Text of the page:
On a wild NBA Trade Deadline Day, the Charlotte Bobcats swung a deal to get the elusive athletic power forward that Larry Brown has been pining for all season.
The Cats have obtained Tyrus Thomas from the Chicago Bulls in exchange for Ronald “Flip” Murray, Acie Law, and a future first round pick.
I touched on Thomas in an earlier post; the knock on him is immaturity/lack of consistency. More specifically, Thomas is infamous for “mental lapses.” This makes him an interesting match with Larry Brown, who demands near-perfection and is a stickler for detail.
Most players in a Larry Brown system take awhile to “get it,” going through a process of assimilating everything before eventually settling back down and really showing improvement. However, not all players respond, so this will either be the best thing that happened to Tyrus Thomas or a spectacular disappointment.
If Thomas does work out, it will be interesting to see what happens with Boris Diaw. As we’ve watched Boris since he’s been a Bobcat, it’s clear that he’s struggled this season while playing with Steven Jackson. Last year, prior to Jackson’s arrival, more of the offense ran through Diaw as he was able to utilize his “point-forward” skills.
Could Thomas eventually start, allowing Boris to move to the bench as a sixth man? It’s not a perfect solution to the Jackson/Diaw conundrum, as Jack plays so many minutes that it’s inevitable that Diaw will play with him some. But this way you could maximize the time that Diaw is on the court with the offense running through him, and not Jack.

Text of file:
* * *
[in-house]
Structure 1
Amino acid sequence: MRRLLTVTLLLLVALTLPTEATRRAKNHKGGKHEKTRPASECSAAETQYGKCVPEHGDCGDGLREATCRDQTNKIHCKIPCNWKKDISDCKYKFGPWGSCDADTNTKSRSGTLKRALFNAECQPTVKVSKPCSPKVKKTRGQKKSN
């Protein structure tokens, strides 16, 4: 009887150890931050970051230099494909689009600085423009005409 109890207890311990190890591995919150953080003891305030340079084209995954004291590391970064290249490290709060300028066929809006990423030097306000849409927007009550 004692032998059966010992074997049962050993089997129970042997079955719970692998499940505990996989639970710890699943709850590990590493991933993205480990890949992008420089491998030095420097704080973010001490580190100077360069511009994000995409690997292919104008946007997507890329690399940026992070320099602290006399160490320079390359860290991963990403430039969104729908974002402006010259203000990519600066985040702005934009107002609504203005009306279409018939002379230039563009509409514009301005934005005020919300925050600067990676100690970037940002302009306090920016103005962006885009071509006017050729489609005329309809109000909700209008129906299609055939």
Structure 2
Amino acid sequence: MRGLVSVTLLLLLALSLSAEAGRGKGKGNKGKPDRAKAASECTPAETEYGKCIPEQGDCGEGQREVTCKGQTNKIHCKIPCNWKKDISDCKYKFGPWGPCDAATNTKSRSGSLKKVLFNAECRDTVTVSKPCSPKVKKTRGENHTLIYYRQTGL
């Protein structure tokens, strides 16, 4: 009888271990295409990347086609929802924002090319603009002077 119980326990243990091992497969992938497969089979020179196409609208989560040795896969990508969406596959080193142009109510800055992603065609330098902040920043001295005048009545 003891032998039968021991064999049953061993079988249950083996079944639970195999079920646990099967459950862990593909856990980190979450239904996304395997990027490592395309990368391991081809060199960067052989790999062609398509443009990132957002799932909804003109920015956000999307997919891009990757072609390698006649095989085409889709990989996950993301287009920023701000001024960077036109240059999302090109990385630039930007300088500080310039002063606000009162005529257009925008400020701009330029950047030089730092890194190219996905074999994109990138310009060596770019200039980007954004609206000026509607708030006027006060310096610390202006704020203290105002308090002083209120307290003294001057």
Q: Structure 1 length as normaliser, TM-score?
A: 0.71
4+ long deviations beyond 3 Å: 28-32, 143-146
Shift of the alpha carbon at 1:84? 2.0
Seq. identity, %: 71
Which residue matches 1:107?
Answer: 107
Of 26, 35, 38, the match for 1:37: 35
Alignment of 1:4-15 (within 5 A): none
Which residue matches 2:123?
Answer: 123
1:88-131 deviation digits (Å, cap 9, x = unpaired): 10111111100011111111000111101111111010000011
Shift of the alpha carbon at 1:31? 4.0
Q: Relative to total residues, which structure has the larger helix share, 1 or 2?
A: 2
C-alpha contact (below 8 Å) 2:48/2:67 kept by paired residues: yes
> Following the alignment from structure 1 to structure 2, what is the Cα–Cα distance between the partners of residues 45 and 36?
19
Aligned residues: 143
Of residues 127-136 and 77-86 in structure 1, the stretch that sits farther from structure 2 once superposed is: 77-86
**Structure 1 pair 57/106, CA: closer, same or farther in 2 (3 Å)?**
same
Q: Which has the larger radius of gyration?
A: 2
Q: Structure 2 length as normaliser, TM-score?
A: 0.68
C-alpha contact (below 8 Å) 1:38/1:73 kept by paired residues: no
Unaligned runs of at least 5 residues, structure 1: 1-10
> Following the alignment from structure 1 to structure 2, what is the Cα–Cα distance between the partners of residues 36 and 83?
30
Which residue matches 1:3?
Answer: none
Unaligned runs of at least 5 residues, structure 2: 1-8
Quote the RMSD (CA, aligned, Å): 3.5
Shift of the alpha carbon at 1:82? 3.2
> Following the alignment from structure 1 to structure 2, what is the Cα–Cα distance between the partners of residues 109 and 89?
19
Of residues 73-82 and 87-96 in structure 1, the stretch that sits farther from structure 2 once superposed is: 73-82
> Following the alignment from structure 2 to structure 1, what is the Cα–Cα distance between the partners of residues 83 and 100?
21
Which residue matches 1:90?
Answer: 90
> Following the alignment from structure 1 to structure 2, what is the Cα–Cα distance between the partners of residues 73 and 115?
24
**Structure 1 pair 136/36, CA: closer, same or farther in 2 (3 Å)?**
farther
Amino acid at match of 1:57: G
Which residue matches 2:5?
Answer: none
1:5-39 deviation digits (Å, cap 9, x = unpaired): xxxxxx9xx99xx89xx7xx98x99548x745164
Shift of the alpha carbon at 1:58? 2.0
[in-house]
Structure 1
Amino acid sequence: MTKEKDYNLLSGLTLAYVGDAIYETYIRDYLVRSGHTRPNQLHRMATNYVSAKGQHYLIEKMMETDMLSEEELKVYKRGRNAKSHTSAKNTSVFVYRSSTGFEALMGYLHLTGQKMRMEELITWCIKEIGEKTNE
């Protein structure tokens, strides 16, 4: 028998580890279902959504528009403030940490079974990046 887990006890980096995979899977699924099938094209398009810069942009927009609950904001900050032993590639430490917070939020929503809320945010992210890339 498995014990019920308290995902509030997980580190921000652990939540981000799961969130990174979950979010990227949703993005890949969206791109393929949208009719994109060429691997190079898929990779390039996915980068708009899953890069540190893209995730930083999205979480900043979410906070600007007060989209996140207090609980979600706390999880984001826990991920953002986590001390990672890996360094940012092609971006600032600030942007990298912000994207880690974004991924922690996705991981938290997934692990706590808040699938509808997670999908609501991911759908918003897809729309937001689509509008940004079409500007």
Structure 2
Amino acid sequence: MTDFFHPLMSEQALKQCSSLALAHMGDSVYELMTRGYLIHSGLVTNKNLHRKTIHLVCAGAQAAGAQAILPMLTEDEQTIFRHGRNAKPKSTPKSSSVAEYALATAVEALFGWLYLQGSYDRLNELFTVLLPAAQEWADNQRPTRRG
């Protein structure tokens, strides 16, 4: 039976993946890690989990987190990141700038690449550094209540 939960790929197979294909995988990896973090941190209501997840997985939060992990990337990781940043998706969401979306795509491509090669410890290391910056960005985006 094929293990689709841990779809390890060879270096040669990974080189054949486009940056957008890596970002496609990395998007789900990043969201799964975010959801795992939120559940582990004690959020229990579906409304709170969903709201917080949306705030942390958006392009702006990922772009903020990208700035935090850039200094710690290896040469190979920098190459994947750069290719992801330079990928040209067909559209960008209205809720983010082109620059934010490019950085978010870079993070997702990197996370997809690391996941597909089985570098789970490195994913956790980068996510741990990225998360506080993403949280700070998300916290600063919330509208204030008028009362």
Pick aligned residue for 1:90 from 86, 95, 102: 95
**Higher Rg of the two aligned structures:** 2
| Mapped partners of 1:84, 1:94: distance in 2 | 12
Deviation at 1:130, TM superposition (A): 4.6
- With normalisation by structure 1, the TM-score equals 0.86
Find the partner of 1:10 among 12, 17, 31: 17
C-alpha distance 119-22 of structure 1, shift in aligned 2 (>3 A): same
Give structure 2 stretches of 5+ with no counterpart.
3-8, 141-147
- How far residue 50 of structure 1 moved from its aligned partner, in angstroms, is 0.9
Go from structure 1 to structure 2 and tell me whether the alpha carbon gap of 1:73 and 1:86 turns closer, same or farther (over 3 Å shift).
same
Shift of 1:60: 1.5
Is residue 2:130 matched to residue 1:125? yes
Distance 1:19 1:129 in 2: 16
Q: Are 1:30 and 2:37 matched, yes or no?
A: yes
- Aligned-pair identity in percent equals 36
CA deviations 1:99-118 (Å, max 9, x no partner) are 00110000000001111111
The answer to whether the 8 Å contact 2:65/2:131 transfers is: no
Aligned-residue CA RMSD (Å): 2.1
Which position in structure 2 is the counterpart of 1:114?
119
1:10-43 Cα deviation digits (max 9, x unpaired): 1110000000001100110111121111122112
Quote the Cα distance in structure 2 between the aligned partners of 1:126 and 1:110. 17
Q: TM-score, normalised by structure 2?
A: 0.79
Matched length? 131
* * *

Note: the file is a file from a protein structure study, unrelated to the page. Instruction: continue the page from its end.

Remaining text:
Furthermore, we’ll be watching to see what happens with Thomas in the offseason (and Diaw, for that matter). The Cats will be in pretty much the same boat with Thomas as they were with Raymond Felton this past offseason. Thomas will be an unrestricted free agent, which means any other team will be able to offer him a contract starting at a qualifying offer of $6.2 million. The Cats would then have a right to match.
But even with all the cap space out there, would any team in their right mind offer Thomas a contract for that much? Might the Bobcats be able to sign him to a more reasonable deal instead?
Here’s looking forward to seeing Thomas in action for the first time soon; we don’t have any confirmation yet, but one would assume that the Cats will be trying to get Thomas suited up for Friday night’s tilt with the the Cavs.
That’s enough about Thomas for now, here’s a quick breakdown of what the Cats gave up to get him:
Acie Law was thrown in to the Stephen Jackson trade to make salaries match and because Larry Brown is perpetually auditioning “third point guards.” However, Law had already been a bust in Atlanta, wasn’t getting any playing time in Golden State, and couldn’t break into the Bobcats rotation either.
The few moments that Law did get off the bench were primarily garbage time; even then he looked hopelessly overmatched. His shot wasn’t falling, he didn’t seem quick enough, and didn’t show any real confidence or “game-managing” ability.
The one significant chance that Law got was in a December matchup against the Knicks in NYC. Down 2 with seconds left, Law was inexplicably inserted into the game. Furthermore, the play was drawn up for Law to get the ball on the final play — he took it coast-to-coast and forced up a layup that never really had a chance and was easily swatted away by Danilo Galinari to seal the Knicks win.
I would be willing to bet that Law will be out of the league and playing overseas next year. He’s just not skilled or athletic enough to make it in the Association.
For Chicago, he simply represents a $2 million expiring contract as they clear room to make a splash in the Lebron/D-Wade/Bosh/Joe Johnson free agency sweepstakes this summer.
Ronald “Flip” Murray